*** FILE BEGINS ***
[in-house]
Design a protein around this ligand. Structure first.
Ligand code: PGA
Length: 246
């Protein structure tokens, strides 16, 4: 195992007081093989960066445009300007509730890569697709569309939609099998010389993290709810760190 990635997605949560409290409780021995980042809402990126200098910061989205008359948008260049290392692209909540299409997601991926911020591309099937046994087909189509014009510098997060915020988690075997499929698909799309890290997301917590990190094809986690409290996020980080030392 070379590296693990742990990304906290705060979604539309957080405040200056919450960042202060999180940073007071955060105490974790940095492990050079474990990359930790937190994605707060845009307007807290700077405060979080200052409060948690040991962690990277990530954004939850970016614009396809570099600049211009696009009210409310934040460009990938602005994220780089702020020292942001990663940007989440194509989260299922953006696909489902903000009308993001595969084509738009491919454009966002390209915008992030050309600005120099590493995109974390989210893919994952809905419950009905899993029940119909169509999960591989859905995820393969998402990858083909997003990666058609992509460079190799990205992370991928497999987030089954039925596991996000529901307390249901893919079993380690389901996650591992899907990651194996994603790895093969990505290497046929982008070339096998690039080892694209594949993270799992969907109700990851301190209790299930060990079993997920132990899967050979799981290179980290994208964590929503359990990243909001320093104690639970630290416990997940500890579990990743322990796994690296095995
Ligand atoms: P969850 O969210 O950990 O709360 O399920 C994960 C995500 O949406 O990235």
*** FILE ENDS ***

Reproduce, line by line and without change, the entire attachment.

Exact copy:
[in-house]
Design a protein around this ligand. Structure first.
Ligand code: PGA
Length: 246
């Protein structure tokens, strides 16, 4: 195992007081093989960066445009300007509730890569697709569309939609099998010389993290709810760190 990635997605949560409290409780021995980042809402990126200098910061989205008359948008260049290392692209909540299409997601991926911020591309099937046994087909189509014009510098997060915020988690075997499929698909799309890290997301917590990190094809986690409290996020980080030392 070379590296693990742990990304906290705060979604539309957080405040200056919450960042202060999180940073007071955060105490974790940095492990050079474990990359930790937190994605707060845009307007807290700077405060979080200052409060948690040991962690990277990530954004939850970016614009396809570099600049211009696009009210409310934040460009990938602005994220780089702020020292942001990663940007989440194509989260299922953006696909489902903000009308993001595969084509738009491919454009966002390209915008992030050309600005120099590493995109974390989210893919994952809905419950009905899993029940119909169509999960591989859905995820393969998402990858083909997003990666058609992509460079190799990205992370991928497999987030089954039925596991996000529901307390249901893919079993380690389901996650591992899907990651194996994603790895093969990505290497046929982008070339096998690039080892694209594949993270799992969907109700990851301190209790299930060990079993997920132990899967050979799981290179980290994208964590929503359990990243909001320093104690639970630290416990997940500890579990990743322990796994690296095995
Ligand atoms: P969850 O969210 O950990 O709360 O399920 C994960 C995500 O949406 O990235």